What is Myopia?
Myopia is known by other names like nearsightedness and shortsightedness. It is a condition that results in blurred vision. For example, if you can see objects nearby with no problem, but reading road signs or making out the writing on the board at school is more difficult, you have myopia. Myopia most often occurs because the eyeball is too long and light rays from a distant point are focused in front of the retina (the light sensitive tissue at the back of the eye), forming a blurred image on the retina.
Traditionally, the way to refocus light on the back of the eye used eyeglasses with a concave lens. The problem with this method is that although straight ahead light rays focus on the retina properly, those light rays off to the side now focus behind the retina. This peripheral blur induces the eye to grow longer and more nearsighted.
This is especially problematic in children and teens as it can lead to: Progressive Myopia. This is a type of nearsightedness in which the correction to clear vision increases over time periods less than one year and in amounts greater than ½ diopter (or degree) of power.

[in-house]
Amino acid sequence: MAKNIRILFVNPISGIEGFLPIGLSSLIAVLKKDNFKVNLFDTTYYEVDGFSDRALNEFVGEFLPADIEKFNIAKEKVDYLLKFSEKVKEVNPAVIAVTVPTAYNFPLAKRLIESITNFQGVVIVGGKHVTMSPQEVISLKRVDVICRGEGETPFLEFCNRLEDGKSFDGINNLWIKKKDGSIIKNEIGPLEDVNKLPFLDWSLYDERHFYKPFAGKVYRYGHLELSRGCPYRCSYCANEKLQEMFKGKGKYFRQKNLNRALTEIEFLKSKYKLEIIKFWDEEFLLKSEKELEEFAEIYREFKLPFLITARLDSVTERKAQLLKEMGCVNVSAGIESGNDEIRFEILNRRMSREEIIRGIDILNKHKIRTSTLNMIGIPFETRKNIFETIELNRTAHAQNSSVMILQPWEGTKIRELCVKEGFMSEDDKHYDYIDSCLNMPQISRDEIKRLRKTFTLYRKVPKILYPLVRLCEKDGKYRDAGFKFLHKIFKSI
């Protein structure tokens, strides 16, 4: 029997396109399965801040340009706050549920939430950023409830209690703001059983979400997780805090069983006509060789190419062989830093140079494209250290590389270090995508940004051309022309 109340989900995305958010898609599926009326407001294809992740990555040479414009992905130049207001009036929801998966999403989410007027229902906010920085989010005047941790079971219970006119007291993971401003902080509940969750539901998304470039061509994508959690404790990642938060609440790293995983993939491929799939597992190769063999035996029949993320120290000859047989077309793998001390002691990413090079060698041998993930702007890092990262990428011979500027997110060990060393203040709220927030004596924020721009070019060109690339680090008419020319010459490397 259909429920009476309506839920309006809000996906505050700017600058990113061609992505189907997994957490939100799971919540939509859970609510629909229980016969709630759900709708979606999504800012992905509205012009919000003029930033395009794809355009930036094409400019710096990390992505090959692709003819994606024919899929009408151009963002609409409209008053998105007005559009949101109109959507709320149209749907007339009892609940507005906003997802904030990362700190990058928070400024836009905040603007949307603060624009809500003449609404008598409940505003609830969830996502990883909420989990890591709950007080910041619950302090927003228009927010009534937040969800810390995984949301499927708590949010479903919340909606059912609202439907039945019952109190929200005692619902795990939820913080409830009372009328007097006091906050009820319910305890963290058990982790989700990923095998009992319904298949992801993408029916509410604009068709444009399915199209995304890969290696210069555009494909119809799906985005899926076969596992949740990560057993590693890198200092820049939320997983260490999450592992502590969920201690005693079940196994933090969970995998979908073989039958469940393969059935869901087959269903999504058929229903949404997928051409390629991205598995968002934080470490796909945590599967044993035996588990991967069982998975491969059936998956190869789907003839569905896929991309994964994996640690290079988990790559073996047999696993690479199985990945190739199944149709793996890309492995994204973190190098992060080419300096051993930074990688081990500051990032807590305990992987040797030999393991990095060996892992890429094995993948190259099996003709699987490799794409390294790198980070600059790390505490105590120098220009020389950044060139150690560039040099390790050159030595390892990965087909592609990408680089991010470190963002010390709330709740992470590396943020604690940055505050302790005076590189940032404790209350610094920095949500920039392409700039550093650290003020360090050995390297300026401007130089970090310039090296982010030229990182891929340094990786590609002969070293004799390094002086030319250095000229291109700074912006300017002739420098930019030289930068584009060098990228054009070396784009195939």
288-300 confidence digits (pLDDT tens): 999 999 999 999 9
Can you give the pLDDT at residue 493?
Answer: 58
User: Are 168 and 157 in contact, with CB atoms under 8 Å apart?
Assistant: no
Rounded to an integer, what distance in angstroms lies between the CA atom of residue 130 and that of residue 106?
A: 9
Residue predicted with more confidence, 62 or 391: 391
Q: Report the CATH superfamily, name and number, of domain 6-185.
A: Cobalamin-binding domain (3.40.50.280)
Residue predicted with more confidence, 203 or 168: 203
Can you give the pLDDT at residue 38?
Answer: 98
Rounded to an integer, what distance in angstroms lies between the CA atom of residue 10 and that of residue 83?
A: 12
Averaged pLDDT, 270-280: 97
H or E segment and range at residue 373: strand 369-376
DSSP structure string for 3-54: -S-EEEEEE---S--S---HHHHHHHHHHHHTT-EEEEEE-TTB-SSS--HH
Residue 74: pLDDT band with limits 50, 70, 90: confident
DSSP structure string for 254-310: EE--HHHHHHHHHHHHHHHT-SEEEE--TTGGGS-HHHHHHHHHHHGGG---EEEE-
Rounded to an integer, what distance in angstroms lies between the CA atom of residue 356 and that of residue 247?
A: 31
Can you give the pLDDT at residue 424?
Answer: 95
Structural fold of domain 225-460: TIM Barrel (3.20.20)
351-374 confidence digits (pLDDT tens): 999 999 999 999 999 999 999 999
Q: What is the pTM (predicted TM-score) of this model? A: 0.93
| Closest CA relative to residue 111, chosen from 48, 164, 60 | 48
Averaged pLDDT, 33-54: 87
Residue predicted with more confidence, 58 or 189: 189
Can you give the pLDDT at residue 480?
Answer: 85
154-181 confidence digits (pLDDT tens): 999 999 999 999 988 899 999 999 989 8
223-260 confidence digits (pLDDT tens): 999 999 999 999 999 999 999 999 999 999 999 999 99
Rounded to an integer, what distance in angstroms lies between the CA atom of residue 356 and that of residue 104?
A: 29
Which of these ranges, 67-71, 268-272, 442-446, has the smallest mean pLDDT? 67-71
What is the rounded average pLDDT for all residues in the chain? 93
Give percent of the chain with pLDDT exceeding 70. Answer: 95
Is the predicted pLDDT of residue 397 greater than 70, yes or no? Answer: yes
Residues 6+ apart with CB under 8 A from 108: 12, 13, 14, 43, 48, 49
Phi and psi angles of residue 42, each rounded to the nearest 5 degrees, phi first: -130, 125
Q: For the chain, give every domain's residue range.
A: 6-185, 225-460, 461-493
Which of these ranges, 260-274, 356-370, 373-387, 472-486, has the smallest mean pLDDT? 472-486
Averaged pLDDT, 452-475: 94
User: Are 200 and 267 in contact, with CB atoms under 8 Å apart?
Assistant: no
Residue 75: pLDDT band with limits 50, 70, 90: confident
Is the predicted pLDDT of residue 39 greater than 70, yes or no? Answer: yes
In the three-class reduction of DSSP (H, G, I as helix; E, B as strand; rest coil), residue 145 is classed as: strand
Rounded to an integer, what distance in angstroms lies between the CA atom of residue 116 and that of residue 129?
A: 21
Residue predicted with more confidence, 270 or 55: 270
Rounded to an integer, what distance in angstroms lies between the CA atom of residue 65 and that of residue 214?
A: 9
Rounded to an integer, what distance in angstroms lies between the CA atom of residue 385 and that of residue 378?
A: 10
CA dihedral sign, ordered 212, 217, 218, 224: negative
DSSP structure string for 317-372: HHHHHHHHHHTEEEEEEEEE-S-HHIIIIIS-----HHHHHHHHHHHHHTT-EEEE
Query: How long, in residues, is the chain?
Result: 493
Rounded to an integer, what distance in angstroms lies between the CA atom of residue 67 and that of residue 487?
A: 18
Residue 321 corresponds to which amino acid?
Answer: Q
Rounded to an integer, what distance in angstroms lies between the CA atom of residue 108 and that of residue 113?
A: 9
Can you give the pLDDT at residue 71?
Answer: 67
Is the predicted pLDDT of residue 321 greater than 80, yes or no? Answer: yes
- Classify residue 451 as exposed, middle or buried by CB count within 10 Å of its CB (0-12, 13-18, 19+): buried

What other Factors can Cause Progressive Myopia?
Until recently, the most common causes of progressive myopia have been thought to be:
- Excessive close up tasks such as reading, desk work, computer work and hand held technology.
- The genetic component of parents who themselves are nearsighted. One nearsighted parent can yield a 2 times risk for progressive myopia in their children. Two nearsighted parents increases this risk to 5 times.
- Patients who are of Asian descent.
Interested in learning more slowing progressive myopia in your child or just getting out of needing to wear glasses all day for yourself? You can call us at (847) 705-7777 to schedule a free consultation or eye exam appointment with Dr. Rob. We hope to see you in our office soon!